By Kurt Seifried [email protected]
Linux is not as susceptible to viruses in the same ways that a Dos/Windows or Mac platform is. In UNIX, security controls are a fundamental part of the operating system. For example users are not allowed to write promiscuously to any location in memory that they choose to, something that Dos/Windows and the Mac allow.
To be fair there are viruses for UNIX. However the only Linux one I have seen was called "bliss", had an uninstall option ("--uninstall-please") and had to be run as root to be effective. Or to quote an old Unix favorite "if you don't know what an executable does, don't run it as root". Worms are much more prevalent in the UNIX world, the first major occurrence being the Morris Internet worm which exploited a vulnerability in sendmail. Current Linux worms exploit broken versions of imapd, sendmail, WU-FTPD and other daemons. The simplest fix is to keep up to date and not make daemons accessible unless necessary. These attacks can be very successful especially if they find a network of hosts that are not up to date, but typically their effectiveness fades out as people upgrade their daemons. In general I would not specifically worry about these two items, and there is definitely no need to buy anti-virus software for Linux.
Worms have a long and proud tradition in the UNIX world, by exploiting known security holes (generally, very few exploit new/unknown holes) and replicating they can quickly mangle a network(s). There are several worms currently making their way around Linux machines, mostly exploiting old Bind 4.x and old IMAP software. Defeating them is as easy as keeping software up to date.
Trojan horses are also popular. Recently ftp.win.tue.nl was broken into and the TCP_WRAPPERS package (among others) was modified to email passwords to an anonymous account. This was detected when someone checked the PGP signature of the package and found that it wasn't quite kosher. Moral of the story? Use software from trusted sites, and check the PGP signature(s).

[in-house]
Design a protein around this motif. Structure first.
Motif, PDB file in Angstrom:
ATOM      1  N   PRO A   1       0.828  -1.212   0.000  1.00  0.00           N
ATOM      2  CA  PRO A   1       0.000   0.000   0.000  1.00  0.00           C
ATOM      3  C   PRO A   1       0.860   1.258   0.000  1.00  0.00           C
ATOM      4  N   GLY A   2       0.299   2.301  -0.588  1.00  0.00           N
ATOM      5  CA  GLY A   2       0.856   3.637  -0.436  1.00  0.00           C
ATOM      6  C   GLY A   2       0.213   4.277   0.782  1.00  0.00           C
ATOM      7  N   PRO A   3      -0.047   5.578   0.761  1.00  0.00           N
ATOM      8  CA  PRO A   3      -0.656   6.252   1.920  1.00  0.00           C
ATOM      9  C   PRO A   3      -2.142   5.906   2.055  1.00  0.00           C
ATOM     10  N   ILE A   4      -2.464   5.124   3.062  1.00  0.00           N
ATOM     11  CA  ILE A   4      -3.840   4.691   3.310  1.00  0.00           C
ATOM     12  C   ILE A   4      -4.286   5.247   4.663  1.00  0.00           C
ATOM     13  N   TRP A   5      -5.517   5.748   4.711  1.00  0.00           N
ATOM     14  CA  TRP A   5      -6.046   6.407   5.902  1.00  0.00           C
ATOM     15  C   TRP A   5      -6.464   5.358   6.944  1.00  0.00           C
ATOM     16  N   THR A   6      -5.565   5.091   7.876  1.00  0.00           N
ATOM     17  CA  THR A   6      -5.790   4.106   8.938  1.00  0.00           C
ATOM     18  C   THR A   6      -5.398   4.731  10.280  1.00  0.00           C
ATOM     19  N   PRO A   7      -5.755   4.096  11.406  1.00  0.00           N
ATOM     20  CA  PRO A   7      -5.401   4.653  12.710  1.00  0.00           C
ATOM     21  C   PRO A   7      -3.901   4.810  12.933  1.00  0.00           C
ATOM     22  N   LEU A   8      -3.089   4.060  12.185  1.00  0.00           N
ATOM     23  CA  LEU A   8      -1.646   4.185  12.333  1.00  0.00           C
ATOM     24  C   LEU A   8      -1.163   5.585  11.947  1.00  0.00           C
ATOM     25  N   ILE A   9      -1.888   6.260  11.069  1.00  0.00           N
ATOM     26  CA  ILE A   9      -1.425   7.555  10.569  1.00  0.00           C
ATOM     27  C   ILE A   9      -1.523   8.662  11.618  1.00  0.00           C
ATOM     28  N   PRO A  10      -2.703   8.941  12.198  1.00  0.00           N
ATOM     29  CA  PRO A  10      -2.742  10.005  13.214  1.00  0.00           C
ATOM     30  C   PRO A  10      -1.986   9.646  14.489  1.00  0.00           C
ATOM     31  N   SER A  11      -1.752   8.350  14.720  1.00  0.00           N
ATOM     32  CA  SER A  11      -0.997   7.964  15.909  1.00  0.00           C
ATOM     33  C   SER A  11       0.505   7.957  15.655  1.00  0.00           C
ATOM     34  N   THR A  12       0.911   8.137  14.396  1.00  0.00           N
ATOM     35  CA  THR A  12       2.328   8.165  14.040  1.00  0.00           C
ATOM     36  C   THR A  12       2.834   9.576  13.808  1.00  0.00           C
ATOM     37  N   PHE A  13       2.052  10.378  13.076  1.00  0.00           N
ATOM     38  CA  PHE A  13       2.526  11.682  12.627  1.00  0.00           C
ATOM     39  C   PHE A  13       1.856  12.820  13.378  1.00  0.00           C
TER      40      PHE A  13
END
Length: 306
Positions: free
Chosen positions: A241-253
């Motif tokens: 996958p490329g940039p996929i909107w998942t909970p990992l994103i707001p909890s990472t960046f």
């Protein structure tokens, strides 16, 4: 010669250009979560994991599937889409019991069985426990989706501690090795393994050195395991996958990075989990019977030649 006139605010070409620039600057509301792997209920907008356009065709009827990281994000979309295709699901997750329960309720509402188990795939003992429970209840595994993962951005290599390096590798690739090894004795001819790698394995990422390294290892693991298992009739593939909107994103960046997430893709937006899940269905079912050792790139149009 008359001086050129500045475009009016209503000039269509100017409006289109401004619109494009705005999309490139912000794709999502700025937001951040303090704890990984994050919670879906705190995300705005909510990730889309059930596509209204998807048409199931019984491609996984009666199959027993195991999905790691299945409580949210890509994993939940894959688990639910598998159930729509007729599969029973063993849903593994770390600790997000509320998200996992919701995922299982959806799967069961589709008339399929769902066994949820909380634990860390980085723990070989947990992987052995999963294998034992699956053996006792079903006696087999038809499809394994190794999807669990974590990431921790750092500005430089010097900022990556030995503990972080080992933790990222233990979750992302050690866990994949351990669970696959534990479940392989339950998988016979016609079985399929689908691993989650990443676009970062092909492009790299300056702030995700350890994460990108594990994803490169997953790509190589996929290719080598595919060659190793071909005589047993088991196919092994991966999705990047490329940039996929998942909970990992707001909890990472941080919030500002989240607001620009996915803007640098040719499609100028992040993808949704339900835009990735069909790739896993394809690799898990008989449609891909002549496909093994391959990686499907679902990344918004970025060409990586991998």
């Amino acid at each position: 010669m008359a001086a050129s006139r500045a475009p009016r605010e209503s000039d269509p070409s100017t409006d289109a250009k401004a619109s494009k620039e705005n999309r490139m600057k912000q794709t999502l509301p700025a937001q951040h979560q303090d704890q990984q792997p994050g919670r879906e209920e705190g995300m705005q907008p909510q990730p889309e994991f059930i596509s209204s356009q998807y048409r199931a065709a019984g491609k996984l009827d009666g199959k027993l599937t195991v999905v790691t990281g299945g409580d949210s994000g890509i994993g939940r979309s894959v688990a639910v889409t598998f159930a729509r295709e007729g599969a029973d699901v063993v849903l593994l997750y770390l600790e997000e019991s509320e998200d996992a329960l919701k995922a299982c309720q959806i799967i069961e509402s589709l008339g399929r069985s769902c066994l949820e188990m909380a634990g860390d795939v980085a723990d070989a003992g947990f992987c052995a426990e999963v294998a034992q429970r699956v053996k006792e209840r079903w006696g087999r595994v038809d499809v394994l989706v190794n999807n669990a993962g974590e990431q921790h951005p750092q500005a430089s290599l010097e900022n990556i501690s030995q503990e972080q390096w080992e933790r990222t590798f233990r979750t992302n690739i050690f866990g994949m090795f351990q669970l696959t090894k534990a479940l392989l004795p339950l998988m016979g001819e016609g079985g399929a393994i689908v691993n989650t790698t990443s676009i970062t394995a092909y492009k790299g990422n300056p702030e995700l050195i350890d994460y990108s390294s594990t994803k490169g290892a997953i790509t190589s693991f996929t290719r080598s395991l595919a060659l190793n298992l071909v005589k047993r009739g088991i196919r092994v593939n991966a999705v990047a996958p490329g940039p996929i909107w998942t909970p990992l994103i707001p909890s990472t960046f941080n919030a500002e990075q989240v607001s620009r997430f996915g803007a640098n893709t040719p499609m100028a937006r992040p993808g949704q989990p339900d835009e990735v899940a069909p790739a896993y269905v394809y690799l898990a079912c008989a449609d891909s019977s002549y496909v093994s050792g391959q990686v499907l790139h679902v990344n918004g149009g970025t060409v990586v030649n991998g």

Back up your data, format and reinstall the system from known good media. Once an attacker has root on a Linux system they can literally do anything, from compromising gcc/egcs to loading interesting kernel modules at boot time. Do not run untrusted software as root. Check the PGP signatures on files you download, etc. An ounce of prevention will pretty much block the spread of viruses, worms and trojans under Linux.
The easiest method for dealing with viruses and the like is to use system integrity tools such as tripwire, L5, and Gog&Magog, you will be able to easily find which files have been compromised and restore/replace/update them. There are also many Anti-Virus scanners available for Linux (but generally speaking there arent any Linux viruses).
As stated above viruses arent a real concern in the Linux world, however virus scanners that run on Linux can be useful. Filtering email / other forms of content at the gateways to your network (everyone has Windows machines) can provide an extra line of defense since the platforms providing the defense against the threat cannot be compromised by that threat (hopefully). You may also wish to scan files stored on Linux file servers that are accessed by Windows clients. Luckily there are several good anti-virus programs available for Linux.
Sophos Anti-Virus is a commercial virus scanner that runs on a variety of Windows and UNIX platforms. It is free for personal use and relatively inexpensive for commercial use. You can get it at: http://www.sophos.com/.
AntiVir is another commercial virus scanner that runs on a variety of Windows platforms and Linux. You can get it from: http://www.hbedv.com/.
Trend Micro has ported this product to Linux and offers it for free download on their site. You can get it from: http://www.antivirus.com/products/isvw/.
Data Fellow's has ported their anti-virus scanner to Linux as well. You can get it at: http://www.datafellows.com/products/
Kaspersky lab's has also ported their anti-virus scanner over to Linux, currently in beta, available at: http://www.kaspersky.com/products.asp
Also see the email server section for setting up virus scanning of incoming email (very useful if you have windows clients).
Last updated on 1/9/2001
Copyright Kurt Seifried 2001 [email protected]